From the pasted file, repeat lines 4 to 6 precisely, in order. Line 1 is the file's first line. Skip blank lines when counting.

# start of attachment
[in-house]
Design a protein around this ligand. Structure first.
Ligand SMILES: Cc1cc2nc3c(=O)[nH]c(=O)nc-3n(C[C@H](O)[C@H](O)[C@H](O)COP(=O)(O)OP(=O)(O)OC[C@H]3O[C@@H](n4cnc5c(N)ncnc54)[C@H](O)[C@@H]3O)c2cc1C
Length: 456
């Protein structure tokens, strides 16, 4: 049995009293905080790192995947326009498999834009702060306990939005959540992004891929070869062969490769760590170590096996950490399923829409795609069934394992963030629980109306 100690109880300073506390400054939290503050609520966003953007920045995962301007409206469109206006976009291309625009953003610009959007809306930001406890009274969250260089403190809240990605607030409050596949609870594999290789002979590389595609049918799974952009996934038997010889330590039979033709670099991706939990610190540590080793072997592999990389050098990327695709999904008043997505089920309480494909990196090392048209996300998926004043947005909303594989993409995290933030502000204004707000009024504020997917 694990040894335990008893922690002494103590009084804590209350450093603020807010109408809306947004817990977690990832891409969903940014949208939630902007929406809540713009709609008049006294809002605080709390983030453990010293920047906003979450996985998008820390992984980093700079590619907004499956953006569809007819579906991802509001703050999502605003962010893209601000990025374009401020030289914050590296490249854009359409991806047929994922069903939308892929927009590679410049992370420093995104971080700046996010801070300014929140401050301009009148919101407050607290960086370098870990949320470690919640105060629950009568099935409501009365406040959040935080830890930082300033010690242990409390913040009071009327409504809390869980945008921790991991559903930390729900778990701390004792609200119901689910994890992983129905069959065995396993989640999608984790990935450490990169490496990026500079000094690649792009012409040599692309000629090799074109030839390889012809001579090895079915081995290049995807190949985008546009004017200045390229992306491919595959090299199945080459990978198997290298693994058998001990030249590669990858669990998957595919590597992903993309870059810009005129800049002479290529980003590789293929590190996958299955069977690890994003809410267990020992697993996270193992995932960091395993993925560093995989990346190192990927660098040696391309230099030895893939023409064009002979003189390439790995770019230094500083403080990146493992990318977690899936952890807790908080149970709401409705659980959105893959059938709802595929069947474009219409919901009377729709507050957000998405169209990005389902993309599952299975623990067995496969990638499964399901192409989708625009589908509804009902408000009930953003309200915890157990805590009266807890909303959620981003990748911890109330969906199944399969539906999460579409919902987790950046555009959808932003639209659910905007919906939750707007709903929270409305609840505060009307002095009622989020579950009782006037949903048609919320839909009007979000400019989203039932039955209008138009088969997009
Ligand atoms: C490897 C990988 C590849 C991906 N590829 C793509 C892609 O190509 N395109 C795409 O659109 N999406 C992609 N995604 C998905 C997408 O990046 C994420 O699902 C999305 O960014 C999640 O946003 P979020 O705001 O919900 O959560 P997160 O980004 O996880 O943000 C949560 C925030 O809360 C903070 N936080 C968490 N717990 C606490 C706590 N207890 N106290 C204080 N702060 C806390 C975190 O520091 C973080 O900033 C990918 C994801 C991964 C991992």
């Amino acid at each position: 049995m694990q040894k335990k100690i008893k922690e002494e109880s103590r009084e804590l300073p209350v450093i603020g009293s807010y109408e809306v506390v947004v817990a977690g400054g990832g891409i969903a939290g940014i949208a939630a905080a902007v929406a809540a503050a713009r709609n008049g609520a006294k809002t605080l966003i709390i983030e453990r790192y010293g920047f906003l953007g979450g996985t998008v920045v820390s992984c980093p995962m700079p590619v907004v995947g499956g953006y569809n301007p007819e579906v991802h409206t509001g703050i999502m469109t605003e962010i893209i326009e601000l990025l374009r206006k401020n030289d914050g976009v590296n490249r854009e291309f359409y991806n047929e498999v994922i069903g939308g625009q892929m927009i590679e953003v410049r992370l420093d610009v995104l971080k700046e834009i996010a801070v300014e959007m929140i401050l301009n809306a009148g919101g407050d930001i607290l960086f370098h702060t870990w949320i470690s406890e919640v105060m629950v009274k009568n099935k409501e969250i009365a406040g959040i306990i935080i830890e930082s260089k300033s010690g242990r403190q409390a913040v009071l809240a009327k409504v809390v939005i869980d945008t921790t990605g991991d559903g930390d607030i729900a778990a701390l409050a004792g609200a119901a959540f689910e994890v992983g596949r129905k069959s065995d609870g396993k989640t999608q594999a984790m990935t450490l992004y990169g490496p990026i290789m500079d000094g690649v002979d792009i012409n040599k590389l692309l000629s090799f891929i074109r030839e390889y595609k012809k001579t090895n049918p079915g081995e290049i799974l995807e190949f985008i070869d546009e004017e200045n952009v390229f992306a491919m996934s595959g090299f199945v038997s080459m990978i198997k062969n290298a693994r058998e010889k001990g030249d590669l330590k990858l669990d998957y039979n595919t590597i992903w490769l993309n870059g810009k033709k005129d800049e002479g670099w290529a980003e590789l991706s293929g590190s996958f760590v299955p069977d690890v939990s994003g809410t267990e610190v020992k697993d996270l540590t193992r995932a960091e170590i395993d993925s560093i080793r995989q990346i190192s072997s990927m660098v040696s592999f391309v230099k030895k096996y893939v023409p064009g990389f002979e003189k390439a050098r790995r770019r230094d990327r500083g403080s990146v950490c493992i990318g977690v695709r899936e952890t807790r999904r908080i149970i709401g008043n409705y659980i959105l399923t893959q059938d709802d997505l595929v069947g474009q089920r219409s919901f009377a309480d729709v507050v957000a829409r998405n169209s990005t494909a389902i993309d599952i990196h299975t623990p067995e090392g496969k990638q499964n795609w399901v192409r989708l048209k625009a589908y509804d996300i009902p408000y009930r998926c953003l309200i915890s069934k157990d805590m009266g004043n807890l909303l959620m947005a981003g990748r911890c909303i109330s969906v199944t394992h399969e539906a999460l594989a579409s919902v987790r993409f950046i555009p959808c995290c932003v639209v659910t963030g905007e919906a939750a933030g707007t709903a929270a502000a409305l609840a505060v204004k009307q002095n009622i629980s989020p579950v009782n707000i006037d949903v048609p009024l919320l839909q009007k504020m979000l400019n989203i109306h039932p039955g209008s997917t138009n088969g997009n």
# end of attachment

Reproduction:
Length: 456
């Protein structure tokens, strides 16, 4: 049995009293905080790192995947326009498999834009702060306990939005959540992004891929070869062969490769760590170590096996950490399923829409795609069934394992963030629980109306 100690109880300073506390400054939290503050609520966003953007920045995962301007409206469109206006976009291309625009953003610009959007809306930001406890009274969250260089403190809240990605607030409050596949609870594999290789002979590389595609049918799974952009996934038997010889330590039979033709670099991706939990610190540590080793072997592999990389050098990327695709999904008043997505089920309480494909990196090392048209996300998926004043947005909303594989993409995290933030502000204004707000009024504020997917 694990040894335990008893922690002494103590009084804590209350450093603020807010109408809306947004817990977690990832891409969903940014949208939630902007929406809540713009709609008049006294809002605080709390983030453990010293920047906003979450996985998008820390992984980093700079590619907004499956953006569809007819579906991802509001703050999502605003962010893209601000990025374009401020030289914050590296490249854009359409991806047929994922069903939308892929927009590679410049992370420093995104971080700046996010801070300014929140401050301009009148919101407050607290960086370098870990949320470690919640105060629950009568099935409501009365406040959040935080830890930082300033010690242990409390913040009071009327409504809390869980945008921790991991559903930390729900778990701390004792609200119901689910994890992983129905069959065995396993989640999608984790990935450490990169490496990026500079000094690649792009012409040599692309000629090799074109030839390889012809001579090895079915081995290049995807190949985008546009004017200045390229992306491919595959090299199945080459990978198997290298693994058998001990030249590669990858669990998957595919590597992903993309870059810009005129800049002479290529980003590789293929590190996958299955069977690890994003809410267990020992697993996270193992995932960091395993993925560093995989990346190192990927660098040696391309230099030895893939023409064009002979003189390439790995770019230094500083403080990146493992990318977690899936952890807790908080149970709401409705659980959105893959059938709802595929069947474009219409919901009377729709507050957000998405169209990005389902993309599952299975623990067995496969990638499964399901192409989708625009589908509804009902408000009930953003309200915890157990805590009266807890909303959620981003990748911890109330969906199944399969539906999460579409919902987790950046555009959808932003639209659910905007919906939750707007709903929270409305609840505060009307002095009622989020579950009782006037949903048609919320839909009007979000400019989203039932039955209008138009088969997009
Ligand atoms: C490897 C990988 C590849 C991906 N590829 C793509 C892609 O190509 N395109 C795409 O659109 N999406 C992609 N995604 C998905 C997408 O990046 C994420 O699902 C999305 O960014 C999640 O946003 P979020 O705001 O919900 O959560 P997160 O980004 O996880 O943000 C949560 C925030 O809360 C903070 N936080 C968490 N717990 C606490 C706590 N207890 N106290 C204080 N702060 C806390 C975190 O520091 C973080 O900033 C990918 C994801 C991964 C991992």